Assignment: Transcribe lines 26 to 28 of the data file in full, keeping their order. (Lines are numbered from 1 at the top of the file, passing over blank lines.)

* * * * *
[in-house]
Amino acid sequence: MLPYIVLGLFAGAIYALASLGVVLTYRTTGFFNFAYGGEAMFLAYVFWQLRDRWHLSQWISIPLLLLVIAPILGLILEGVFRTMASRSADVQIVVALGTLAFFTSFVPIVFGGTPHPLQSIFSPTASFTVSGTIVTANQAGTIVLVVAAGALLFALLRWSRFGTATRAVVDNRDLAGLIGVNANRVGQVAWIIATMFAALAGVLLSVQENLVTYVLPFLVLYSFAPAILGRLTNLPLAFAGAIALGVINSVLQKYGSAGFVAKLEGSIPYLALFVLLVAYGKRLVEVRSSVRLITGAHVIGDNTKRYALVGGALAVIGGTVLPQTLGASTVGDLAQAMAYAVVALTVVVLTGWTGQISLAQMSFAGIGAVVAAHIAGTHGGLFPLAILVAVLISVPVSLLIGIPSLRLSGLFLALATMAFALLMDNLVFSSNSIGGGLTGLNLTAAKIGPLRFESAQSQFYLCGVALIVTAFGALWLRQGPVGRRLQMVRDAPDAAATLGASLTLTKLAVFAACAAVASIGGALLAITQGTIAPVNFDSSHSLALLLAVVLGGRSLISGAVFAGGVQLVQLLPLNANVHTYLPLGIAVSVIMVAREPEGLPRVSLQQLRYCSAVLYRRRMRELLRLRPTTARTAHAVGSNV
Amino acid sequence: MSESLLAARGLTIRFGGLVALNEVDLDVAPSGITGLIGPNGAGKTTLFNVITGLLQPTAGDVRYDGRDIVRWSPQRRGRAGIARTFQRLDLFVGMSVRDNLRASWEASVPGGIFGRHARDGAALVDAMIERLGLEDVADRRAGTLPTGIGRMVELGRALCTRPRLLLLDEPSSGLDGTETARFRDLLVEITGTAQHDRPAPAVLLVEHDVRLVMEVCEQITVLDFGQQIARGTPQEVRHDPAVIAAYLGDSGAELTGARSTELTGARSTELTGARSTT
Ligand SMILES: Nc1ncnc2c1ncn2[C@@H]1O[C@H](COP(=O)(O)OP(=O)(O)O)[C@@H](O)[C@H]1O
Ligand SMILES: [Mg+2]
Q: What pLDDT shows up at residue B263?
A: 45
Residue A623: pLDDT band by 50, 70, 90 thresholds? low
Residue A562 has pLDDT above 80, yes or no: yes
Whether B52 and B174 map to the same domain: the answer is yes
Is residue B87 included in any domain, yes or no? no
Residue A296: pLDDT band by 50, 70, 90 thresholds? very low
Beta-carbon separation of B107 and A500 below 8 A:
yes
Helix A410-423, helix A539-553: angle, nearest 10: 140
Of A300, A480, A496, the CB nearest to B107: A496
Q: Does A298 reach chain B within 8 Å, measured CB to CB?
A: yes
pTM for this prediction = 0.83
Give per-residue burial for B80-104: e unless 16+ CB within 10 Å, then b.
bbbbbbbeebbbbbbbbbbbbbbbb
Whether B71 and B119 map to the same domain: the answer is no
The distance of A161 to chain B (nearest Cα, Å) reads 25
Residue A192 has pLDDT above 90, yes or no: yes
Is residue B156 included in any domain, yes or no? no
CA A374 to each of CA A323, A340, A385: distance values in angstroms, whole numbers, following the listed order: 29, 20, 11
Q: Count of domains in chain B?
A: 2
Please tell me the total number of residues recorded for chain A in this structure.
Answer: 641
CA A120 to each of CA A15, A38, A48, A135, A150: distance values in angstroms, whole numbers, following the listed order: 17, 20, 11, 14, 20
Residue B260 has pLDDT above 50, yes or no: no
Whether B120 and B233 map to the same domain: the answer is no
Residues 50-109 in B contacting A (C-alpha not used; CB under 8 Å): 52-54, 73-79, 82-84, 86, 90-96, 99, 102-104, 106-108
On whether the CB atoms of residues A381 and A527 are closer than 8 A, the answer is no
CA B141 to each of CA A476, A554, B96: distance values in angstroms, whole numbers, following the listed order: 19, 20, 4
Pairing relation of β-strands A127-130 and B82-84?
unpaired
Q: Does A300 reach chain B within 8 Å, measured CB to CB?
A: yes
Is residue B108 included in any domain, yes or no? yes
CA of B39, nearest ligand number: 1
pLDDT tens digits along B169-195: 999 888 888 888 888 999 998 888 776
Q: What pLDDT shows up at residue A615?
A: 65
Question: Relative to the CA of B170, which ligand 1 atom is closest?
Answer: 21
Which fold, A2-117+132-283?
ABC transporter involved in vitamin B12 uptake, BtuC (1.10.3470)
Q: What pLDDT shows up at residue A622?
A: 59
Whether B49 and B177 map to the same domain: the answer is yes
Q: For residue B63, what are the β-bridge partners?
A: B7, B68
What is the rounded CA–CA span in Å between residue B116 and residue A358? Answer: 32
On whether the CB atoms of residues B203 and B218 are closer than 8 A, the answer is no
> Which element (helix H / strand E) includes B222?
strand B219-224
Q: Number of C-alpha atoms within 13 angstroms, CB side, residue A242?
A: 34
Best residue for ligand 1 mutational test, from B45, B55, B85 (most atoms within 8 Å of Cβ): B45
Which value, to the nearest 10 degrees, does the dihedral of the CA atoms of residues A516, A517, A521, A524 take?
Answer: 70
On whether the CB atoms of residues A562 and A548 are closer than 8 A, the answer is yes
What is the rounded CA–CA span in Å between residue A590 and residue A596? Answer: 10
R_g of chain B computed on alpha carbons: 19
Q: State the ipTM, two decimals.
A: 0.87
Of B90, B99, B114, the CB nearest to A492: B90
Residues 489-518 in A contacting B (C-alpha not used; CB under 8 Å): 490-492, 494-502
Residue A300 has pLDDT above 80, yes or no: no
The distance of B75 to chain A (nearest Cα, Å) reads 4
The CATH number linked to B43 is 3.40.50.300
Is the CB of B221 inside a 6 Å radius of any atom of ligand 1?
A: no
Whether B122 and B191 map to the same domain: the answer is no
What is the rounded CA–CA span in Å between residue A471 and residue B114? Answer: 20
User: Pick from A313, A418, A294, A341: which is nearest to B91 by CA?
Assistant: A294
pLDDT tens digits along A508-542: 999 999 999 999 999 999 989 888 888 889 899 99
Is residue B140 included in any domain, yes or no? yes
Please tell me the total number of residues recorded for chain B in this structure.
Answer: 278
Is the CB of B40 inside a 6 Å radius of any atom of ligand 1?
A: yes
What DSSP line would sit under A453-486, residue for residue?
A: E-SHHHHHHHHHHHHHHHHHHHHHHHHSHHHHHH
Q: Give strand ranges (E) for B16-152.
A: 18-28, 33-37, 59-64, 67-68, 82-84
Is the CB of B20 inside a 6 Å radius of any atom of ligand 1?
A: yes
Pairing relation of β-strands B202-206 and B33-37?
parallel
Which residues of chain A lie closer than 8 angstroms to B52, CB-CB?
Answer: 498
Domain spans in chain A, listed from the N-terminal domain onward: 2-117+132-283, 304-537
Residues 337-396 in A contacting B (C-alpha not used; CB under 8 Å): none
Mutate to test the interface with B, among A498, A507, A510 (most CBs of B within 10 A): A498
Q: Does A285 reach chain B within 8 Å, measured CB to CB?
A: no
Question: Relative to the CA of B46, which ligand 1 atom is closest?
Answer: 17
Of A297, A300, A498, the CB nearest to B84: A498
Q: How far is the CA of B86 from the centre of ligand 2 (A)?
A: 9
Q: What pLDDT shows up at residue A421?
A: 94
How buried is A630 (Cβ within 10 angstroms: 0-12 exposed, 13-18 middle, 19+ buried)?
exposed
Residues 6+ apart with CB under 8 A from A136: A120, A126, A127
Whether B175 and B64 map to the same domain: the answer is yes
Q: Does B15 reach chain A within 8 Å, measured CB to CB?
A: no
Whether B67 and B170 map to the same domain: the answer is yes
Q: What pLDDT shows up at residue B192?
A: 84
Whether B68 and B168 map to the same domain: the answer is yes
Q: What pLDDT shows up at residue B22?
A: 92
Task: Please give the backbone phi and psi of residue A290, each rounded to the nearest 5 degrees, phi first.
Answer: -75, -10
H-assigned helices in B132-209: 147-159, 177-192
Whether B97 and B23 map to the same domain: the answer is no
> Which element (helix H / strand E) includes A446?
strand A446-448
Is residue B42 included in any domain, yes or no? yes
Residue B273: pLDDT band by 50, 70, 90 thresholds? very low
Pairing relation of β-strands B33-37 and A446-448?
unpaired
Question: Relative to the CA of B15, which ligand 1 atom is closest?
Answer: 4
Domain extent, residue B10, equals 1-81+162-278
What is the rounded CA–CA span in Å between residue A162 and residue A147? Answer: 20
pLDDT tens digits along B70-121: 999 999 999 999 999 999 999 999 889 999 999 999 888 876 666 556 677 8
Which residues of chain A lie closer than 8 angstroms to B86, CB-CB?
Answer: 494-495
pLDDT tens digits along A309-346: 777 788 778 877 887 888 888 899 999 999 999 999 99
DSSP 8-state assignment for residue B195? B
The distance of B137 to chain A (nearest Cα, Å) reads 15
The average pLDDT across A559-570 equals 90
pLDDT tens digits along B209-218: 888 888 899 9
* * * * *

CA A374 to each of CA A323, A340, A385: distance values in angstroms, whole numbers, following the listed order: 29, 20, 11
Q: Count of domains in chain B?
A: 2